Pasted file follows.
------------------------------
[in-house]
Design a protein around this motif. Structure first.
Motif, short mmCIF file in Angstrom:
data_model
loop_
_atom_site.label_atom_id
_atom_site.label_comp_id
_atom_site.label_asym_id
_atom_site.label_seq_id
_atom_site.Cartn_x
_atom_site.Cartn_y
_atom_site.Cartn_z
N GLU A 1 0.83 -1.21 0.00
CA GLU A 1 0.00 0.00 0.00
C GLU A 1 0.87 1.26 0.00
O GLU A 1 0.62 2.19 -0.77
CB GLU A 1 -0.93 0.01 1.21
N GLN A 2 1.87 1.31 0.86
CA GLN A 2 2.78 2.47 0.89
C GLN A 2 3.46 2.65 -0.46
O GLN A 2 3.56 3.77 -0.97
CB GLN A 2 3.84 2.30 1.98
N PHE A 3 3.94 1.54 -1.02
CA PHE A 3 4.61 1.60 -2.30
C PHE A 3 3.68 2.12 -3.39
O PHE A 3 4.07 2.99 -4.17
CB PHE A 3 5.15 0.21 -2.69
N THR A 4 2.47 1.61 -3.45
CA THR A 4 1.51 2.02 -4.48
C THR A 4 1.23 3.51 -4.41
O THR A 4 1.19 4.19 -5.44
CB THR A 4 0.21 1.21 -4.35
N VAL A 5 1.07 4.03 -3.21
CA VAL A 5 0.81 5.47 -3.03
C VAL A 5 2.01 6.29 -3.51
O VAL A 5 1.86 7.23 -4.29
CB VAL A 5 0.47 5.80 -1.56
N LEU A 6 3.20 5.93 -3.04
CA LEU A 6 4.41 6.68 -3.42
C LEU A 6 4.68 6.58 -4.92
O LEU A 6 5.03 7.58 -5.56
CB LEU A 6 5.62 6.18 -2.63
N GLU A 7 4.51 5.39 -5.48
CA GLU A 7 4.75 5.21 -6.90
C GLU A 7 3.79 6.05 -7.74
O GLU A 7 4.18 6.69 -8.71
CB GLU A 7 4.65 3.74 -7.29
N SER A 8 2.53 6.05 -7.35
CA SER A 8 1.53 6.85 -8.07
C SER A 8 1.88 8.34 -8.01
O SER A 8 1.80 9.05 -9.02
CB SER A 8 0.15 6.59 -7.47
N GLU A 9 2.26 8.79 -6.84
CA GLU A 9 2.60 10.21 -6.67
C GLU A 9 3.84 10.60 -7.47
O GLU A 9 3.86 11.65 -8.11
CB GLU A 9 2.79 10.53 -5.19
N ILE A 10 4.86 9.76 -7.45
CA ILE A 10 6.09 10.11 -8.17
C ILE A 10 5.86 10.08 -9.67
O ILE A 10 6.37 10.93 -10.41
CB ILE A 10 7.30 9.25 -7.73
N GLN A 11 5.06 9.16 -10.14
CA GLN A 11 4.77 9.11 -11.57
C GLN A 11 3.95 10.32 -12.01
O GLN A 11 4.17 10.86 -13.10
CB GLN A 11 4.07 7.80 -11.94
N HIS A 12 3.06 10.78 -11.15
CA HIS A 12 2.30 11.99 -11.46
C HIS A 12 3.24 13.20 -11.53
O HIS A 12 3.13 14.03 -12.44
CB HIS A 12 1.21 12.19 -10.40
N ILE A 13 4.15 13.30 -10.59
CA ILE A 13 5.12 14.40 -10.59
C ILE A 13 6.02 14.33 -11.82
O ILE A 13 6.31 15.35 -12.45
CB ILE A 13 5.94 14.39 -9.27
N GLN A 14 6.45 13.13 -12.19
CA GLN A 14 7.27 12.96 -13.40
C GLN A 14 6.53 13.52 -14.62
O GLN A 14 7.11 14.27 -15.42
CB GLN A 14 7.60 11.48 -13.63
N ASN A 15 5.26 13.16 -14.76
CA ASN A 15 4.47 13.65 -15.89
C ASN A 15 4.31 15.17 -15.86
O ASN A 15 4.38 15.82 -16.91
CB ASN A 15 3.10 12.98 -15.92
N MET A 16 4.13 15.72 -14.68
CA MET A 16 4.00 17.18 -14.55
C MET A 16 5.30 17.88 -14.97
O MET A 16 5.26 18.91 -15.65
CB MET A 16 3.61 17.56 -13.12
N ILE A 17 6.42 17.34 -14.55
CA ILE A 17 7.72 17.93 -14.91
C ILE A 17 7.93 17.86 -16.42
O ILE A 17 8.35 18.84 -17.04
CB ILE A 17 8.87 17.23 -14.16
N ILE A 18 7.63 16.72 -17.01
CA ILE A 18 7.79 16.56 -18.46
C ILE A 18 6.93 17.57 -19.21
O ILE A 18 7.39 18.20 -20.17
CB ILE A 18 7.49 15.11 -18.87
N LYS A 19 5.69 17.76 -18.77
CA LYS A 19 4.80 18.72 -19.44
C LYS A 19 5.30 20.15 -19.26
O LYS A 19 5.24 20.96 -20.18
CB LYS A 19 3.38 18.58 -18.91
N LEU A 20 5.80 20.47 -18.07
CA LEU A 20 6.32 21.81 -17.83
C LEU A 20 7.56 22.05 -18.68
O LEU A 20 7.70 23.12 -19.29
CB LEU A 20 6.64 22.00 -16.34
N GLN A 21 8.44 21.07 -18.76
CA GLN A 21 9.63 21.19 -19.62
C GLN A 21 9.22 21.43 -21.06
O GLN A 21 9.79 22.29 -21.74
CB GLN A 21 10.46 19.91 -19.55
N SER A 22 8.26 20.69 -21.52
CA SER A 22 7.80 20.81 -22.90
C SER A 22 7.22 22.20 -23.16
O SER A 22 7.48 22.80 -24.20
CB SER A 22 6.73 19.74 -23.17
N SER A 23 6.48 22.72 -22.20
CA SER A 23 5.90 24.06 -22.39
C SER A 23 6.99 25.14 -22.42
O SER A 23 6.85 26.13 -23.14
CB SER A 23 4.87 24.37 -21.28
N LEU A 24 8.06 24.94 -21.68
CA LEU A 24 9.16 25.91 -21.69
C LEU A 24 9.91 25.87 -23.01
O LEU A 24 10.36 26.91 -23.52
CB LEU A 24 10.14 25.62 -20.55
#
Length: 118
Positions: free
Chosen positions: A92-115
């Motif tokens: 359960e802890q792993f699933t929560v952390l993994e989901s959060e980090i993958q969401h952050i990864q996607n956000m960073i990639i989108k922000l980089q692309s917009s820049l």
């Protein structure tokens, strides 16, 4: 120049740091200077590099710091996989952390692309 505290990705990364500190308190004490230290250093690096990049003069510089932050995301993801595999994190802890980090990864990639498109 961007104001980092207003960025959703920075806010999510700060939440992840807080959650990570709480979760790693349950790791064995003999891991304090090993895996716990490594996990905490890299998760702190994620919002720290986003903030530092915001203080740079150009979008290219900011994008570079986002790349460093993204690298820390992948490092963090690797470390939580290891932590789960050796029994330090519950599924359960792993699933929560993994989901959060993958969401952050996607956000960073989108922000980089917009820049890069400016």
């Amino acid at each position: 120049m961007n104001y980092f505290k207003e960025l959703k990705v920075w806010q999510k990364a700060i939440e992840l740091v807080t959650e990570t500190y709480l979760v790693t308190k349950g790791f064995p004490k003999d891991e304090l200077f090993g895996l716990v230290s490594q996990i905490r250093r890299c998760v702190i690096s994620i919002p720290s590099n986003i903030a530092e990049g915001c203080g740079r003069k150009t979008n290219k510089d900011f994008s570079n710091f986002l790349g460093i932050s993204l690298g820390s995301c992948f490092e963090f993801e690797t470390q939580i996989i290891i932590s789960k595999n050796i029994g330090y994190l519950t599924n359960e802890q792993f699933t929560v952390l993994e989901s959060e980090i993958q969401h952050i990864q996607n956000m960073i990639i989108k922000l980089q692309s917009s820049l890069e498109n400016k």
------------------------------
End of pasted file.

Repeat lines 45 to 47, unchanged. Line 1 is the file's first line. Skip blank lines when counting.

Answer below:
C GLU A 7 3.79 6.05 -7.74
O GLU A 7 4.18 6.69 -8.71
CB GLU A 7 4.65 3.74 -7.29